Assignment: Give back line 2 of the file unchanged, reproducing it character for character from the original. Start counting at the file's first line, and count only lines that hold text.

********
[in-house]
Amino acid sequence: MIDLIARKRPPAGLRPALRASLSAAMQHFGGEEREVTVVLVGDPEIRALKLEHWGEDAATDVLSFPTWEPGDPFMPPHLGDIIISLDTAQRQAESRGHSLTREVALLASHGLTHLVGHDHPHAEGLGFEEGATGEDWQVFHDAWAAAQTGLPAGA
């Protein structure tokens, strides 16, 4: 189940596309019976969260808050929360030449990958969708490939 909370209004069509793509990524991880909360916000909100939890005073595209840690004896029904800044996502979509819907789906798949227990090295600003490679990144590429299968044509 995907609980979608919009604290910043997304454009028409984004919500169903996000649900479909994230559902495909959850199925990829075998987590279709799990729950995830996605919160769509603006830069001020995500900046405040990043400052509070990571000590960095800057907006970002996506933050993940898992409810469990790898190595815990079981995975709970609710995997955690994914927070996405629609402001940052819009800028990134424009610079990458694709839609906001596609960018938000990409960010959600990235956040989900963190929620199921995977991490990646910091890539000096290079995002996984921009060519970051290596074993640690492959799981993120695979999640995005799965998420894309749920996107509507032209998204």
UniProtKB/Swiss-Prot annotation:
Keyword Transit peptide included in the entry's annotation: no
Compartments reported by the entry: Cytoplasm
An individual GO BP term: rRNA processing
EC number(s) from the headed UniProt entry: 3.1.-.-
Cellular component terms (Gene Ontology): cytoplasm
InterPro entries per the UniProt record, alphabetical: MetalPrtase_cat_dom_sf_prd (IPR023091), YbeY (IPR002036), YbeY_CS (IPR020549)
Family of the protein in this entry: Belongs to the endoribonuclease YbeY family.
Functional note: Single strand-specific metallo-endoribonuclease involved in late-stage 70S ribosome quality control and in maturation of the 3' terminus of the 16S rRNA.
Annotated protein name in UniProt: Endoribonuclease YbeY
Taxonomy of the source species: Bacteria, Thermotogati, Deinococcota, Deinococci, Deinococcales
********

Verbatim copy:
Amino acid sequence: MIDLIARKRPPAGLRPALRASLSAAMQHFGGEEREVTVVLVGDPEIRALKLEHWGEDAATDVLSFPTWEPGDPFMPPHLGDIIISLDTAQRQAESRGHSLTREVALLASHGLTHLVGHDHPHAEGLGFEEGATGEDWQVFHDAWAAAQTGLPAGA